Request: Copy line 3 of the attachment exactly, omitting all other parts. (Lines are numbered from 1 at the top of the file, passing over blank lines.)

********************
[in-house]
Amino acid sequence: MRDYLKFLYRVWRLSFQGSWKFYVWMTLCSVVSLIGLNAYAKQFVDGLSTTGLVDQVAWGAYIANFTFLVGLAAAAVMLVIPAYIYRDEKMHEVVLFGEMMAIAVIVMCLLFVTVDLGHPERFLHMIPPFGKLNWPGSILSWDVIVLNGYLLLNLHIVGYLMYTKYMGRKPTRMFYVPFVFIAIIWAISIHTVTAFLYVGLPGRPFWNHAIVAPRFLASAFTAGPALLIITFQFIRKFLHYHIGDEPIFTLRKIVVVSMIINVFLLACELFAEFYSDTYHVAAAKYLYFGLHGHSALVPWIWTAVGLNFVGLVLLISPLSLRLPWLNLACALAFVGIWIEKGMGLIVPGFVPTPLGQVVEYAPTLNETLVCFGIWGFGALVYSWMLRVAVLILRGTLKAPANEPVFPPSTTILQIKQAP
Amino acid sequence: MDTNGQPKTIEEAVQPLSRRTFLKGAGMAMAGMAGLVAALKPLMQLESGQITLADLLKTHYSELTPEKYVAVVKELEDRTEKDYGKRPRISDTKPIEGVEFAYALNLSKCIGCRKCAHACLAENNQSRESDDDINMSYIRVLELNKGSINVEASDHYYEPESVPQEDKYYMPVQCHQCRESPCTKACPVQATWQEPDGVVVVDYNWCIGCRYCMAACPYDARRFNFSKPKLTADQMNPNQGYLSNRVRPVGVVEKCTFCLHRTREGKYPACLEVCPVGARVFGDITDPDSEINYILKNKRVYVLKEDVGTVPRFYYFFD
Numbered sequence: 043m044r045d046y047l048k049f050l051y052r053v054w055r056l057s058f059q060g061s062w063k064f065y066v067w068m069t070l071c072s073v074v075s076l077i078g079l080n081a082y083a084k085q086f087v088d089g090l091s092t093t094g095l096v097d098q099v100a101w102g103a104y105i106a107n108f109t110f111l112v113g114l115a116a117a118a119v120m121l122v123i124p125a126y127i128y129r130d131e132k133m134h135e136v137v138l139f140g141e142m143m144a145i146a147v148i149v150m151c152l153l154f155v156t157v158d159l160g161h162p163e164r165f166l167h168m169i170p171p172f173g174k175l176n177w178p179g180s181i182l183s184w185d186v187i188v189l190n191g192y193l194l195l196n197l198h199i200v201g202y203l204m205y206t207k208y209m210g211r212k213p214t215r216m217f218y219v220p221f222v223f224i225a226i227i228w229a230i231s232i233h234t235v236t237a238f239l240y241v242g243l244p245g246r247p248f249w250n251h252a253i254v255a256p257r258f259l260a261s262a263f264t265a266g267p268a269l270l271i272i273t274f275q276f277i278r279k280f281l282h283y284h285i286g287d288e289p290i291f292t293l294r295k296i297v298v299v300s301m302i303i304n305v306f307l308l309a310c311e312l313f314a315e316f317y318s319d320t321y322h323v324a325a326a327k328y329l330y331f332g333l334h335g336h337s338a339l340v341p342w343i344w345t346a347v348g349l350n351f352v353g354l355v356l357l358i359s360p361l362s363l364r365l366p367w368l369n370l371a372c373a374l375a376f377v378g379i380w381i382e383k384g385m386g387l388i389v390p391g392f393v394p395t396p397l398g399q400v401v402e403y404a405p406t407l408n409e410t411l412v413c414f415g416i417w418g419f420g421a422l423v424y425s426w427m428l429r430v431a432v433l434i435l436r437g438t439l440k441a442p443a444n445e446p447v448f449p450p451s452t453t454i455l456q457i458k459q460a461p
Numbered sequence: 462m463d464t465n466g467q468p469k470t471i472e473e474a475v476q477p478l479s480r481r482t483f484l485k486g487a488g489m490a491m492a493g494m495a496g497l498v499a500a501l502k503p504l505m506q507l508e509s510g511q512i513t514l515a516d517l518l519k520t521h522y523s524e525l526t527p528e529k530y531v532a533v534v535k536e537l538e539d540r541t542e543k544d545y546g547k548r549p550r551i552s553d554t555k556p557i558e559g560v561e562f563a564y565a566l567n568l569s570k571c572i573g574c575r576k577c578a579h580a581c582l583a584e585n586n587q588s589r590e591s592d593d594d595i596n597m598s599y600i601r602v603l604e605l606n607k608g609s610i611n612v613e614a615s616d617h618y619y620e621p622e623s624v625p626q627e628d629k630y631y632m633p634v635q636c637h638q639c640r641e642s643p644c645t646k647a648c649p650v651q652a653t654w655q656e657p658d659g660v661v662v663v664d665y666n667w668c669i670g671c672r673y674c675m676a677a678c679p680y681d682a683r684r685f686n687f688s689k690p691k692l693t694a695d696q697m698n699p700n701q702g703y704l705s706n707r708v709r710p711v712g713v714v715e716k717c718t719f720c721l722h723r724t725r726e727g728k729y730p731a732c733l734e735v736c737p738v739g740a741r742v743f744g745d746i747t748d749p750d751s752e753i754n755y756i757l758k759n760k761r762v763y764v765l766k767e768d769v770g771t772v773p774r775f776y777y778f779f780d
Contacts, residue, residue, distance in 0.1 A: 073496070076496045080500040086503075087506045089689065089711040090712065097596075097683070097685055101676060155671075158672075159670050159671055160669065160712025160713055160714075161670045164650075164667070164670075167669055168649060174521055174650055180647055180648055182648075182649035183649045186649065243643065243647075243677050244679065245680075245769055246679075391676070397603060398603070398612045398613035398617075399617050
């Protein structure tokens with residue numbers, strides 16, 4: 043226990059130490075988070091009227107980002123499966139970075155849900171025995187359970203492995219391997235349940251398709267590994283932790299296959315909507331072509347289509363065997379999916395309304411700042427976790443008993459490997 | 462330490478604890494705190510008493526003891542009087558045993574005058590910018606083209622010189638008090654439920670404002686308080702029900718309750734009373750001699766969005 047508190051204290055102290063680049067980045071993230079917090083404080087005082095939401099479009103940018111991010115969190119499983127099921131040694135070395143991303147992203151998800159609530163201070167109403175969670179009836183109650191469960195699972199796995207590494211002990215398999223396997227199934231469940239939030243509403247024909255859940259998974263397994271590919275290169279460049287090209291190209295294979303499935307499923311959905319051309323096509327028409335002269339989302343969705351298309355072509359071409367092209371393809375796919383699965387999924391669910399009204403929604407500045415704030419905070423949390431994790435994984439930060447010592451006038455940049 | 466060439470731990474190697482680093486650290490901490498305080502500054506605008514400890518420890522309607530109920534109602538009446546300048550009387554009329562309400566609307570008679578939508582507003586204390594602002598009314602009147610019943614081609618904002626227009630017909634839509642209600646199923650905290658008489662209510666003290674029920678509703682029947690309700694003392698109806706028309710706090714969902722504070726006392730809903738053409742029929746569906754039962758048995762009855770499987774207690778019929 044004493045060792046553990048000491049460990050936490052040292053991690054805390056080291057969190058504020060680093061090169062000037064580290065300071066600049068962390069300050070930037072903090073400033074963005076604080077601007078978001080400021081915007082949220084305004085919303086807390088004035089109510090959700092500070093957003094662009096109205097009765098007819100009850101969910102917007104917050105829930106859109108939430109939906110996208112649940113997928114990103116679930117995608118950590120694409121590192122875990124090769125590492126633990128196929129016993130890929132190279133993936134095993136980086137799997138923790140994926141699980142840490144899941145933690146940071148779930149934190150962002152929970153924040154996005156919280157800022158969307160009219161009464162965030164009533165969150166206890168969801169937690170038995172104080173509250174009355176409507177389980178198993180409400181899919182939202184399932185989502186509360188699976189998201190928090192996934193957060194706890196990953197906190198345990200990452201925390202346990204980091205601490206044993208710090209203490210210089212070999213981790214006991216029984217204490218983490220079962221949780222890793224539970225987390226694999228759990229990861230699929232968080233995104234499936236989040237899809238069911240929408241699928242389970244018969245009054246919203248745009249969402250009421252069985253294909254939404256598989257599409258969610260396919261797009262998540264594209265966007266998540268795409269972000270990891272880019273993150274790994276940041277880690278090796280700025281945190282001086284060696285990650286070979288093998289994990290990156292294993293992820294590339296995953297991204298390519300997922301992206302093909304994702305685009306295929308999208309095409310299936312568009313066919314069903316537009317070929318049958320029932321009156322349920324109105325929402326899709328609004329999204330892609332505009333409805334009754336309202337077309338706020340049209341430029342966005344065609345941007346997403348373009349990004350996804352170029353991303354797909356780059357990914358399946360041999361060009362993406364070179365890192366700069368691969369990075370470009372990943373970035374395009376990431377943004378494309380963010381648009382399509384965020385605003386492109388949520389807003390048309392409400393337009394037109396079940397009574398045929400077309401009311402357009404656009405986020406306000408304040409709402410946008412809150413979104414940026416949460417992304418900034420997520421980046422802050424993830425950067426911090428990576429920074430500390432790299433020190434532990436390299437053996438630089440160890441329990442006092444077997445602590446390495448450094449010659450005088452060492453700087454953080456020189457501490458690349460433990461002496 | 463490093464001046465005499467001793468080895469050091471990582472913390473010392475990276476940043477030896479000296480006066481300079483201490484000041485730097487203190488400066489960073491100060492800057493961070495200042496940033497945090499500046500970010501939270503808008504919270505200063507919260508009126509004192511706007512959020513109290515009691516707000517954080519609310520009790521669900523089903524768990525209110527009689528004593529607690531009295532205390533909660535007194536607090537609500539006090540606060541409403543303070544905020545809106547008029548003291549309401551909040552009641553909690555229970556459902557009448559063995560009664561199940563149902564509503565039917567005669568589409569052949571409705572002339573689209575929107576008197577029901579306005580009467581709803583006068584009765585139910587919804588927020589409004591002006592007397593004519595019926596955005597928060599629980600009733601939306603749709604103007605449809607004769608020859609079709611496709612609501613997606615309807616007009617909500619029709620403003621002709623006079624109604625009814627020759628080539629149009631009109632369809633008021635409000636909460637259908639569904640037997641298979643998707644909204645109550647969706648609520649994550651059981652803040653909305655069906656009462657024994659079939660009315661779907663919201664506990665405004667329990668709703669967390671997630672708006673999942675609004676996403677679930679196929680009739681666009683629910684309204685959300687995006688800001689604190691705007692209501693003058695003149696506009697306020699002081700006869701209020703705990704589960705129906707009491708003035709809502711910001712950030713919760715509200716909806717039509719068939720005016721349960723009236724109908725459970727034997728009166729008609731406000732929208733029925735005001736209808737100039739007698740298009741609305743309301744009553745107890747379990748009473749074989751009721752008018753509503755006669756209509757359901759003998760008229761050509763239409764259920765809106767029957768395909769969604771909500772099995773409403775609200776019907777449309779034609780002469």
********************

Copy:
Amino acid sequence: MDTNGQPKTIEEAVQPLSRRTFLKGAGMAMAGMAGLVAALKPLMQLESGQITLADLLKTHYSELTPEKYVAVVKELEDRTEKDYGKRPRISDTKPIEGVEFAYALNLSKCIGCRKCAHACLAENNQSRESDDDINMSYIRVLELNKGSINVEASDHYYEPESVPQEDKYYMPVQCHQCRESPCTKACPVQATWQEPDGVVVVDYNWCIGCRYCMAACPYDARRFNFSKPKLTADQMNPNQGYLSNRVRPVGVVEKCTFCLHRTREGKYPACLEVCPVGARVFGDITDPDSEINYILKNKRVYVLKEDVGTVPRFYYFFD